Analysis of Deoxynivalenol in Beer

June 1, 2008
Jakob Schurek, Lukas Vaclavik, Tomas Cajka, Jana Hajslova, Jan Poustka

The Application Notebook

Volume 0, Issue 0

Mycotoxins, toxic secondary metabolites of several fungal species, represent food safety issues of high concern. Deoxynivalenol, the most abundant trichothecene mycotoxin, can be found worldwide as a contaminant of wheat, barley, maize and other cereals (1,2). The transmission of deoxynivalenol from barley into beer has been reported in several studies (3,4). Therefore, its levels should be controlled.

Mycotoxins, toxic secondary metabolites of several fungal species, represent food safety issues of high concern. Deoxynivalenol, the most abundant trichothecene mycotoxin, can be found worldwide as a contaminant of wheat, barley, maize and other cereals (1,2). The transmission of deoxynivalenol from barley into beer has been reported in several studies (3,4). Therefore, its levels should be controlled.

Figure 1

Experimental Conditions

The AccuTOF™ -LC time-of-flight mass spectrometer equipped with a DART™ ion source and AutoDart HTC PAL autosampler, was used for examination of beer in this study. A Donprep® immunoaffinity column (R-Biopharm) was employed for selective isolation of target analyte from the sample. Briefly, 10 mL of beer with added internal standard (13 C15-deoxynivalenol, 500 ng/ml) was passed through the cartridge, which was then washed with 5 mL of water. Deoxynivalenol was subsequently eluted with 4.5 mL of methanol. Calibration standards containing deoxynivalenol in the range from 100 to 1500 ng/mL and fixed amount of internal standard (500 ng/mL) were prepared for quantification.

Introduction of the sample (n = 5) into the gas beam was carried out automatically with the use of an autosampler. Beer extract was placed in the sampling hole, a Dip-it™ sampler stick was immersed into the sample and introduced in front of the DART ion source. After each sample analysis, PEG mixture solution was injected for mass drift compensation.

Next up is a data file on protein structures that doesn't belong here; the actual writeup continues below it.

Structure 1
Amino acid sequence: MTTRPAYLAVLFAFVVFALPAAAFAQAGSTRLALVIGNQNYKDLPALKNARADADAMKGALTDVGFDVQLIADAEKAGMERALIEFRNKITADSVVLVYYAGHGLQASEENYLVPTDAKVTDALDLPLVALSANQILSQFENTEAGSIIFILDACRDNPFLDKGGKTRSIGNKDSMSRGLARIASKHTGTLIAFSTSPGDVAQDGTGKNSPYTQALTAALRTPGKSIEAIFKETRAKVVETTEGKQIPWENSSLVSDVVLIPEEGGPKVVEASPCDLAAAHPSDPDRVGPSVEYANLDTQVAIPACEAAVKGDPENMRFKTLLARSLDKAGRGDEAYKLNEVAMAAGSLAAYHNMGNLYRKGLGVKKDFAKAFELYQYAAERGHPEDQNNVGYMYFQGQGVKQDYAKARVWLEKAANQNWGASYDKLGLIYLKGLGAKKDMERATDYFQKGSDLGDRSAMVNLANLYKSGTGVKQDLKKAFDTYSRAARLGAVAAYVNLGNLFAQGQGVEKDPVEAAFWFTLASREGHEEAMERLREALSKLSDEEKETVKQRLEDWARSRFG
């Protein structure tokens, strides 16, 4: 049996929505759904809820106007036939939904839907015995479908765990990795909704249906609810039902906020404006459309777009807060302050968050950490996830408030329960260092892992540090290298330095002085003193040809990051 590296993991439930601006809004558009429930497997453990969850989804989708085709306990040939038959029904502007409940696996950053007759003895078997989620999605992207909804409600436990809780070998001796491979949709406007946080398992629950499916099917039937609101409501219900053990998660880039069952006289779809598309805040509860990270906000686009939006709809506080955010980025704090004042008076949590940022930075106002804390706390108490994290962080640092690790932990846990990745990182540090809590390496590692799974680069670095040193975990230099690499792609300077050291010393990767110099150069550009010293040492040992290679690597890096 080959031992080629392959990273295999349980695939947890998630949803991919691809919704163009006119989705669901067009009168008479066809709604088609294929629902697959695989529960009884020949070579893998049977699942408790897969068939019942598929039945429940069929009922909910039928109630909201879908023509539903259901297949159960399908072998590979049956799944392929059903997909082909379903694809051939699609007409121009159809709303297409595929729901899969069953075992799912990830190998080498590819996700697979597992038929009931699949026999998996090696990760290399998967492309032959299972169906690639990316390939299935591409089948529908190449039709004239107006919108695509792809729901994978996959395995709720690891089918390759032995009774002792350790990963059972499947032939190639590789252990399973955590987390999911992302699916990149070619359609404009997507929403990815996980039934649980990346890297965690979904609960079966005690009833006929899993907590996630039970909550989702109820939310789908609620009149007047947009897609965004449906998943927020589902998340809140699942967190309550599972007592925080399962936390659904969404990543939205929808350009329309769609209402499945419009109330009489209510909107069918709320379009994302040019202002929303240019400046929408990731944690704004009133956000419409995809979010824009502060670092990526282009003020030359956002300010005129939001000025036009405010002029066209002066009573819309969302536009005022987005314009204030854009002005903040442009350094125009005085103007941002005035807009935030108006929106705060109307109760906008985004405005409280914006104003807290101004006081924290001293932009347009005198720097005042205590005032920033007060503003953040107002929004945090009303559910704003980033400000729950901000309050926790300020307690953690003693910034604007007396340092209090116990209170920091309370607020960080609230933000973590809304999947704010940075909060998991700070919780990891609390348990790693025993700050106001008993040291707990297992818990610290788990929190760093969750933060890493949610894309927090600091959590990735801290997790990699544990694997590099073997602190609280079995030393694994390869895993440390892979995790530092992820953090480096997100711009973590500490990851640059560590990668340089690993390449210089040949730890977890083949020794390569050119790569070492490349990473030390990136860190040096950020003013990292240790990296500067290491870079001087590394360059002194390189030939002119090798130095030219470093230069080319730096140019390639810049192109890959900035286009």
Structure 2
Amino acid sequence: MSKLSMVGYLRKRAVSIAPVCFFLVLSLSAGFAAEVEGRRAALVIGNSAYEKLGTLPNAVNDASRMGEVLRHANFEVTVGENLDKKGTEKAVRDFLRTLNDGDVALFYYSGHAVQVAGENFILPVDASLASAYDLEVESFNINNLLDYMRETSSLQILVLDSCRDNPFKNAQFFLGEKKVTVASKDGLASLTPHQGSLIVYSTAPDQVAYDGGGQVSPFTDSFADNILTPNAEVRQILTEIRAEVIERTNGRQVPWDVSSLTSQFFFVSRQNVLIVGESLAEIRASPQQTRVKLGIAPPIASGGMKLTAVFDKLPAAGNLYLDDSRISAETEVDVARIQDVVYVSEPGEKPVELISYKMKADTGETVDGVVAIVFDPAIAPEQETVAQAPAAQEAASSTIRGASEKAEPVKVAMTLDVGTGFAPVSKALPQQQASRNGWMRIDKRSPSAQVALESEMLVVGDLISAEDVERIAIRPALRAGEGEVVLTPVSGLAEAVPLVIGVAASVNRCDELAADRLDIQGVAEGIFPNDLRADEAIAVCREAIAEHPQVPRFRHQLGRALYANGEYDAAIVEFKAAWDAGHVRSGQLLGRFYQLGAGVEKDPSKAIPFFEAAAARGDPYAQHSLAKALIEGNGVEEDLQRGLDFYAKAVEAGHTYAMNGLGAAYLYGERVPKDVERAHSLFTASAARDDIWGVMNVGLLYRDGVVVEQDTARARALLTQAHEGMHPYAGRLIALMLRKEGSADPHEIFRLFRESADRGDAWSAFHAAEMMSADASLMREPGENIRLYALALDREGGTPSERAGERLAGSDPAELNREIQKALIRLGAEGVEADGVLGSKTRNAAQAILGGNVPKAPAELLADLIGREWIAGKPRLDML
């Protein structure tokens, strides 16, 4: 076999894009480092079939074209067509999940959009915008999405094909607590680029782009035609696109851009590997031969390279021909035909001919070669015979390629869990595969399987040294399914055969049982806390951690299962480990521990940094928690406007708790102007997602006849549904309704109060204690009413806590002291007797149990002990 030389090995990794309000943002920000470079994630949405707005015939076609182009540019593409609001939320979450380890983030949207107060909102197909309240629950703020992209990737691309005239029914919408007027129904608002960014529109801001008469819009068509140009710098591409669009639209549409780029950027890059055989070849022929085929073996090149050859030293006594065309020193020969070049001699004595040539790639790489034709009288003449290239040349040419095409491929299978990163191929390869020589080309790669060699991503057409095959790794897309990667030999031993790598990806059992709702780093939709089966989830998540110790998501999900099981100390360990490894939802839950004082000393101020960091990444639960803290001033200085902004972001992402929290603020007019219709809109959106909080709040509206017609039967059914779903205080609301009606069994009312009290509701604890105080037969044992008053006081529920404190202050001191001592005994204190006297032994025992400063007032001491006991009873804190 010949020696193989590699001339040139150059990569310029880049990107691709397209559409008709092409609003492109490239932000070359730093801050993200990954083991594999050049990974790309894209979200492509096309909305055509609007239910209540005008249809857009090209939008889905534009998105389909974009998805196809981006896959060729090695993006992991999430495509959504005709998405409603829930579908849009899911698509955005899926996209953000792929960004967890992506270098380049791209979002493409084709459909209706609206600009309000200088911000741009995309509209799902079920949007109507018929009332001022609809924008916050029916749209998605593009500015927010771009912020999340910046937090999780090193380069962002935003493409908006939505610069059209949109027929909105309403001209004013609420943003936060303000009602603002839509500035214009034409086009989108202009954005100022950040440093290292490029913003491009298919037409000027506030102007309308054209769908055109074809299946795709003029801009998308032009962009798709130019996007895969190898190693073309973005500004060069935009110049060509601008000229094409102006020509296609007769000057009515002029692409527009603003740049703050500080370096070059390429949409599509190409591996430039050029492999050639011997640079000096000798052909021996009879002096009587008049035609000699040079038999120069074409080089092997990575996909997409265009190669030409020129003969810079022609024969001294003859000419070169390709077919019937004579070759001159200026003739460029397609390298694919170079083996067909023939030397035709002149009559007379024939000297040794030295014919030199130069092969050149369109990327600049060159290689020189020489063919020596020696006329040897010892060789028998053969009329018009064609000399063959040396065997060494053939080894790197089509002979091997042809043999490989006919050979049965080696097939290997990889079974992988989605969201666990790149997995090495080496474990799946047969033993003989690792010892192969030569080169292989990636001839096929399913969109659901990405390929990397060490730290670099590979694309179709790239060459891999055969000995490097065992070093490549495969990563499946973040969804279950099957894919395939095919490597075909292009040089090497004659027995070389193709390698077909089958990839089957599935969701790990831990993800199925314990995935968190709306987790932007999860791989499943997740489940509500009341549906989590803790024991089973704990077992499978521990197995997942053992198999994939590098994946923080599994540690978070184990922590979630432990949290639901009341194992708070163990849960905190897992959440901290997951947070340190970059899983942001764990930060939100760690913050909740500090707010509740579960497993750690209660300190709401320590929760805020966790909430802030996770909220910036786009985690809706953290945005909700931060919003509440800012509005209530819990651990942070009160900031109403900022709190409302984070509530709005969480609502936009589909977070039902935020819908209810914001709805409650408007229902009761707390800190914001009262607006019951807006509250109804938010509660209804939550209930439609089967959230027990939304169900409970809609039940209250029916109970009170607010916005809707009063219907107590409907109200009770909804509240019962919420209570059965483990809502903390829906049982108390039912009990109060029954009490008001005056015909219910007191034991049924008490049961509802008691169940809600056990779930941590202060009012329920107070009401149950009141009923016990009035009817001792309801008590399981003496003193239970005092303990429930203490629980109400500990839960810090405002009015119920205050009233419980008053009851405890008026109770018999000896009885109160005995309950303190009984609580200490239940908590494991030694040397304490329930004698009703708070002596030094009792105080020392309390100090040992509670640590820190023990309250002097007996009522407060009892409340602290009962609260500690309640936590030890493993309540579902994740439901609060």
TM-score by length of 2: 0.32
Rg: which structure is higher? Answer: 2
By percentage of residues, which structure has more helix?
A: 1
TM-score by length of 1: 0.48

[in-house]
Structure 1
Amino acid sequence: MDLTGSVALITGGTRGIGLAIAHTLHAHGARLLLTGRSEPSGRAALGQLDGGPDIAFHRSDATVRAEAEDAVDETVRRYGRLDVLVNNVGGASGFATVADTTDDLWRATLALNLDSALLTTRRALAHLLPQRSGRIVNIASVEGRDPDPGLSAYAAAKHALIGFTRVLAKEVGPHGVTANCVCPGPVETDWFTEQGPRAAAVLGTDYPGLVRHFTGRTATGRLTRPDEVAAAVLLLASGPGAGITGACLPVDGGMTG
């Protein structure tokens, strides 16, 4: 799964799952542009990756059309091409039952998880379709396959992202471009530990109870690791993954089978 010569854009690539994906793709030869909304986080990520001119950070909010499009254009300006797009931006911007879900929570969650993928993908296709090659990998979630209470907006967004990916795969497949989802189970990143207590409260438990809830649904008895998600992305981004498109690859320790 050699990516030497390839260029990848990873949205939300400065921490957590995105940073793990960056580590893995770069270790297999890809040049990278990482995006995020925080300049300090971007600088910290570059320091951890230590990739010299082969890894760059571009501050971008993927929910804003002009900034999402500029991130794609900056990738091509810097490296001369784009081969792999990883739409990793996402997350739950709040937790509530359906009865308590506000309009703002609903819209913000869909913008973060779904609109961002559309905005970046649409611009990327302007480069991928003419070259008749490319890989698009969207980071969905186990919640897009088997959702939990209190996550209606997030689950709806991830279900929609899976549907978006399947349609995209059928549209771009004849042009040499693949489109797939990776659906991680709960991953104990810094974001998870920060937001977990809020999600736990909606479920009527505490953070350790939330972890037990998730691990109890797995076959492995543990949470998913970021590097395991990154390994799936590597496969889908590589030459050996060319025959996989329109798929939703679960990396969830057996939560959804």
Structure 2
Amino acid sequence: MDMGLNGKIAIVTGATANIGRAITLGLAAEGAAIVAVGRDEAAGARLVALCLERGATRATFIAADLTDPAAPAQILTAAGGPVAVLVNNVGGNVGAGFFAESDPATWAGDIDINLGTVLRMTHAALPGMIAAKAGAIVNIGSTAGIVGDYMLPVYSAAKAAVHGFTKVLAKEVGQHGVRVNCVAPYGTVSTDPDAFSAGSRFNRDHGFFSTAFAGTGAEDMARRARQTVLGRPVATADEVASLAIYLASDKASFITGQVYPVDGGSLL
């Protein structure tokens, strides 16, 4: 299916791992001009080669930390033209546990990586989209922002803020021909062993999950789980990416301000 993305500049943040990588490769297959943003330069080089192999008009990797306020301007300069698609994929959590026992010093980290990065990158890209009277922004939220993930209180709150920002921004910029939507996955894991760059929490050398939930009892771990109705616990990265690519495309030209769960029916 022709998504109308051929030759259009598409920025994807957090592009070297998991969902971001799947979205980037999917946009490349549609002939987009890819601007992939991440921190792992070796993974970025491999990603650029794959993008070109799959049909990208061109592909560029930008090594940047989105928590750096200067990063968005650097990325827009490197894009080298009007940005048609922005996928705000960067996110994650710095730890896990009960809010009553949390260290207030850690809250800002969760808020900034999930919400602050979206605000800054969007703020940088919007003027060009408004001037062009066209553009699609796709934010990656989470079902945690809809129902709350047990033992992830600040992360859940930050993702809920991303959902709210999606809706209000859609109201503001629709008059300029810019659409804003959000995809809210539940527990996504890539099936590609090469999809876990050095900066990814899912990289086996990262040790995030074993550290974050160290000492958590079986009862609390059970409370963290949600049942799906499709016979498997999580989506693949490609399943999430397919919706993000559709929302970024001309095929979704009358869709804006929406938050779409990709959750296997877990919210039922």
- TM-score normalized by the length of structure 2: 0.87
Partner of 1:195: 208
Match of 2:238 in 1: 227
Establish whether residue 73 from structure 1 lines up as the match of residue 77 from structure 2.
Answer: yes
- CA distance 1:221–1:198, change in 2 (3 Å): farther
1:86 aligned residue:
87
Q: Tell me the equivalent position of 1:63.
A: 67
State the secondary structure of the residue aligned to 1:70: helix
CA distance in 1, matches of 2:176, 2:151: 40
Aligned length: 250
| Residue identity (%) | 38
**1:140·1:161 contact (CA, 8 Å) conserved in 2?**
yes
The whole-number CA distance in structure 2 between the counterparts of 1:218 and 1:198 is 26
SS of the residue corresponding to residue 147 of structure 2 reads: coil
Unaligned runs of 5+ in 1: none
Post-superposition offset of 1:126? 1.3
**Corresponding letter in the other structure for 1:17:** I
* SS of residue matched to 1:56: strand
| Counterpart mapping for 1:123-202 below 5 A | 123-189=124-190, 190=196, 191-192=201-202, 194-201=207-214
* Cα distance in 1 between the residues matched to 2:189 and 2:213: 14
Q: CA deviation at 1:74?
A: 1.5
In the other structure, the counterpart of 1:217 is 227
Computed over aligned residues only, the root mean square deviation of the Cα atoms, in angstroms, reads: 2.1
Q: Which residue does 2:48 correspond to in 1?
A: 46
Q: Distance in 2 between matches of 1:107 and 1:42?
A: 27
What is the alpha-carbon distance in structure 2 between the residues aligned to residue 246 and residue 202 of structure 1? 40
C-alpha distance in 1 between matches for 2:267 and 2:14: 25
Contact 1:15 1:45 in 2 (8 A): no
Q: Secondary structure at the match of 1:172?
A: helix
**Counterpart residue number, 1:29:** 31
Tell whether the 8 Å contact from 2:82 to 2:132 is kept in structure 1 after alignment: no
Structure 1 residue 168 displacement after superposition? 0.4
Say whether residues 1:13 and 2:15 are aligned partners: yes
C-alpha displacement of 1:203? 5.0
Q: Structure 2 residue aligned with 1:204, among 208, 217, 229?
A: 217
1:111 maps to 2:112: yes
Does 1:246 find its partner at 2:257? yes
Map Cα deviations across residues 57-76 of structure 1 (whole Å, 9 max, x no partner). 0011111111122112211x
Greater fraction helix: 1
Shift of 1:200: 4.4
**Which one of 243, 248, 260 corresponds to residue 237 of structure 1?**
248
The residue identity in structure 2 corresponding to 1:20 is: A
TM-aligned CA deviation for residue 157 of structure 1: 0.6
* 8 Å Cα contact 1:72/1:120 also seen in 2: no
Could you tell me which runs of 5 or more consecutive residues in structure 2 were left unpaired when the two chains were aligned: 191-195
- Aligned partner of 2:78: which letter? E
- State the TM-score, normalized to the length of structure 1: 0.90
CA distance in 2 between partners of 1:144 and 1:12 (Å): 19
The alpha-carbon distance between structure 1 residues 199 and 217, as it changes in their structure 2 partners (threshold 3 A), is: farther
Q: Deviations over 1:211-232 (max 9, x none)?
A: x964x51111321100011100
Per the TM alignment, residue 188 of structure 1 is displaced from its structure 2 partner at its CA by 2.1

Table I: Parameters setting

To enhance negative ionization of target analytes, a vial containing methylene chloride was placed beneath the DART gun exit - MS orifice axis. After sample introduction, both deoxynivalenol and 13 C15-deoxynivalenol were immediately detected as [M+Cl] under parameters settings shown in Table I. Good mass accuracy was obtained.

Results and Conclusions

A calibration plot of deoxynivalenol showed the analyte to internal standard ratio was linear in the selected concentration range. Deoxynivalenol concentration determined with the use of DART-TOFMS in this particular beer sample was 166 μg/L and repeatability of the method, estimated from five repetitive analyses, was 3%. In addition, accredited LC–MS-MS method was used for sample examination to confirm the validity of results obtained by DART-TOFMS. The difference between deoxynivalenol obtained by respective methods was as low as 14 μg/mL.

References

(1) Hussein, H.S.; Brasel, J.M.: "Toxicity, metabolism, and impact of mycotoxins on humans and animals," Toxicology, 167, 2001, 101–134.

(2) Wiedenbörner, M.: Encyklopedia of food mycotoxins, Springer, Berlin.

(3) Scott, P. M.: "Mycotoxins transmitted into beer from contaminated grains during brewing," Food Chemical Contaminants, 79, 1996, 875–882.

(4) Papadoulou-Bouraoui, A.; Vrabcheva, T.; Valzacchi, S.; Stroka, J.; Anklam, E.: "Screening survey of deoxynivalenol in beer from the European matket by an enzyme-linked immunosorbent assay," Food Additives and Contaminants, 21, 2004, 607–617.

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